Political And Judicial Checks On Corruption: Evidence From American State Governments
AbstractThis paper investigates the effects of checks and balances on corruption. Within a presidential system, effective separation of powers is achieved under a divided government, with the executive and legislative branches being controlled by different political parties. When government is unified, no effective separation exists even within a presidential system, but, we argue, can be partially restored by having an accountable judiciary. Our empirical findings show that a divided government and elected, rather than appointed, state supreme court judges are associated with lower corruption and, furthermore, that the effect of an accountable judiciary is stronger under a unified government, where the government cannot control itself. Copyright 2007 Blackwell Publishing Ltd..
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Bibliographic InfoArticle provided by Wiley Blackwell in its journal Economics & Politics.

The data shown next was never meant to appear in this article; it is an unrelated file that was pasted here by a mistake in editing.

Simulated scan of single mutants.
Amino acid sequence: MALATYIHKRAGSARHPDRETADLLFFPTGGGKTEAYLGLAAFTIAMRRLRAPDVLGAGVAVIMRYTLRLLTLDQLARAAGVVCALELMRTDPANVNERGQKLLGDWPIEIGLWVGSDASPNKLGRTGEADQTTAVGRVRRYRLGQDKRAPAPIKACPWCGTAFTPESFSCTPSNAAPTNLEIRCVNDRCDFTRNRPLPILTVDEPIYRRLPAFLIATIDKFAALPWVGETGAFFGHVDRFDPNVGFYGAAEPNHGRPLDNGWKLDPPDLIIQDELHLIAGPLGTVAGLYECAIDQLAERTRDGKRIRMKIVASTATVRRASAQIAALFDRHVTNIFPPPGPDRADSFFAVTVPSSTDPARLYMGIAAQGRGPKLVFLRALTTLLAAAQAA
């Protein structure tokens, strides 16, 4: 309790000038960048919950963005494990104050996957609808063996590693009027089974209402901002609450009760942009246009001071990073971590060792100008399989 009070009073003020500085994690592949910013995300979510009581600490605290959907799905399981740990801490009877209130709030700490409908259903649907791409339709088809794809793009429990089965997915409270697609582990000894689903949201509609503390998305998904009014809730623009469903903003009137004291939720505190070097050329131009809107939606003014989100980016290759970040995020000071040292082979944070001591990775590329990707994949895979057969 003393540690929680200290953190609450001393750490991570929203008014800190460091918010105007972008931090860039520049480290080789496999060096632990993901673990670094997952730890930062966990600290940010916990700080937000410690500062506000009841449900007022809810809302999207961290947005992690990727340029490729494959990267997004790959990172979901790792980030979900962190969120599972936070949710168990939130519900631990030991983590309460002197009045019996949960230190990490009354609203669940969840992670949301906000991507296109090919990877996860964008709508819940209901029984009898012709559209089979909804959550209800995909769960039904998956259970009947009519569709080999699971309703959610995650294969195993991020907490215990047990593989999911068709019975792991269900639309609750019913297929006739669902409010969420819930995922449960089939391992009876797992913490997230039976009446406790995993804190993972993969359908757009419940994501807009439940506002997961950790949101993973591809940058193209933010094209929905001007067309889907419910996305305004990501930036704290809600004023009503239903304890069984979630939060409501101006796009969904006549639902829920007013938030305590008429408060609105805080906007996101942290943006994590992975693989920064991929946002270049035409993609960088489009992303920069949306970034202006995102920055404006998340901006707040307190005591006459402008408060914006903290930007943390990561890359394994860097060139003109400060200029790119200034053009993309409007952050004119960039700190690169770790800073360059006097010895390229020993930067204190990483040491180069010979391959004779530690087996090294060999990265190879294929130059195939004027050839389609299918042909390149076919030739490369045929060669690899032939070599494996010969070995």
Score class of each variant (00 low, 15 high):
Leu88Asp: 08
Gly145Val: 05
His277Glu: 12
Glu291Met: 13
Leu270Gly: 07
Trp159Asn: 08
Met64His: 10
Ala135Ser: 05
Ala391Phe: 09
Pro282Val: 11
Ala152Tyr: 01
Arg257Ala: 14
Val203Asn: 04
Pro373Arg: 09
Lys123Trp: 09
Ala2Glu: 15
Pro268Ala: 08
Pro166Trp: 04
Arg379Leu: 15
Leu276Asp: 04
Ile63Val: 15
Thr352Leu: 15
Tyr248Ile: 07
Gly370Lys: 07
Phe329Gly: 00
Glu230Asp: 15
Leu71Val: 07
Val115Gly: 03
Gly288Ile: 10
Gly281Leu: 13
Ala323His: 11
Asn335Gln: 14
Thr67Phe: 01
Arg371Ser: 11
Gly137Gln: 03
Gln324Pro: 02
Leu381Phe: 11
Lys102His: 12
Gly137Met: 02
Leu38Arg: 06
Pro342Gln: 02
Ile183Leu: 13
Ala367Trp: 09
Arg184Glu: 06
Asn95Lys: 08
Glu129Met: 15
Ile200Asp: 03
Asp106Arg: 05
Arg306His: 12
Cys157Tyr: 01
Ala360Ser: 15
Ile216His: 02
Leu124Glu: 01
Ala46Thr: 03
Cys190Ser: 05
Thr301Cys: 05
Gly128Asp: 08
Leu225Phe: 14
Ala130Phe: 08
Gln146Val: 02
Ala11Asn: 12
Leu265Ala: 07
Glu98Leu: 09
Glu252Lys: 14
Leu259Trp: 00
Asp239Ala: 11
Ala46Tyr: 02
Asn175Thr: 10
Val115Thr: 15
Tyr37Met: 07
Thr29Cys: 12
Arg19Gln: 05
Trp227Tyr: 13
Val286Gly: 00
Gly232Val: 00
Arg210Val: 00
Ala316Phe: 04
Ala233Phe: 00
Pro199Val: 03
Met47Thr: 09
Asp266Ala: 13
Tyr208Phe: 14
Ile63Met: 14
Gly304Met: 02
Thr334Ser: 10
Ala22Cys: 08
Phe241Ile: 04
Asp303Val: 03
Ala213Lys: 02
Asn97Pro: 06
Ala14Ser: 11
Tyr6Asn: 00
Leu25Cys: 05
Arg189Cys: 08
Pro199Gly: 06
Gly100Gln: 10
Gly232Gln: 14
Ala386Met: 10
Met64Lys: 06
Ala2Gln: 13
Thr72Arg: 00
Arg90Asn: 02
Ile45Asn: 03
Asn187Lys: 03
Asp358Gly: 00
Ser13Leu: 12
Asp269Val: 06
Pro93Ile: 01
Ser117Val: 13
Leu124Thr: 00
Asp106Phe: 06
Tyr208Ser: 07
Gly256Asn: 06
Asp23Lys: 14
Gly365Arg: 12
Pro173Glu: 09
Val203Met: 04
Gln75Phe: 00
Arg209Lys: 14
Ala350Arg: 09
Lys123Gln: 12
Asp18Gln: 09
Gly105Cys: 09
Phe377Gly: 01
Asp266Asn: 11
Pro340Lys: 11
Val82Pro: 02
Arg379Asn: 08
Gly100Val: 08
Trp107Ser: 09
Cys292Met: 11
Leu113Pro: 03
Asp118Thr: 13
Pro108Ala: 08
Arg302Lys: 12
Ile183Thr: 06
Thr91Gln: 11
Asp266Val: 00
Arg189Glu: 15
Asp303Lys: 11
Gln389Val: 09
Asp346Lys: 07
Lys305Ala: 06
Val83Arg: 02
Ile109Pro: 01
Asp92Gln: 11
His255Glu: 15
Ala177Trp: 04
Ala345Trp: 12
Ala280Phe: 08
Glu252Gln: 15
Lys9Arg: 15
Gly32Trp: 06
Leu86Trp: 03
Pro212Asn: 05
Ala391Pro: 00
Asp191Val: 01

Volume (Year): 20 (2008)
Issue (Month): 1 (03)
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Web page: http://www.blackwellpublishing.com/journal.asp?ref=0954-1985
Other versions of this item:
- James E. Alt & David Dreyer Lassen, 2005. "Political and Judicial Checks on Corruption: Evidence from American State Governments," EPRU Working Paper Series 05-12, Economic Policy Research Unit (EPRU), University of Copenhagen. Department of Economics.
- D72 - Microeconomics - - Analysis of Collective Decision-Making - - - Political Processes: Rent-seeking, Lobbying, Elections, Legislatures, and Voting Behavior
- D73 - Microeconomics - - Analysis of Collective Decision-Making - - - Bureaucracy; Administrative Processes in Public Organizations; Corruption
- P48 - Economic Systems - - Other Economic Systems - - - Political Economy; Legal Institutions; Property Rights; Natural Resources; Energy; Environment; Regional Studies
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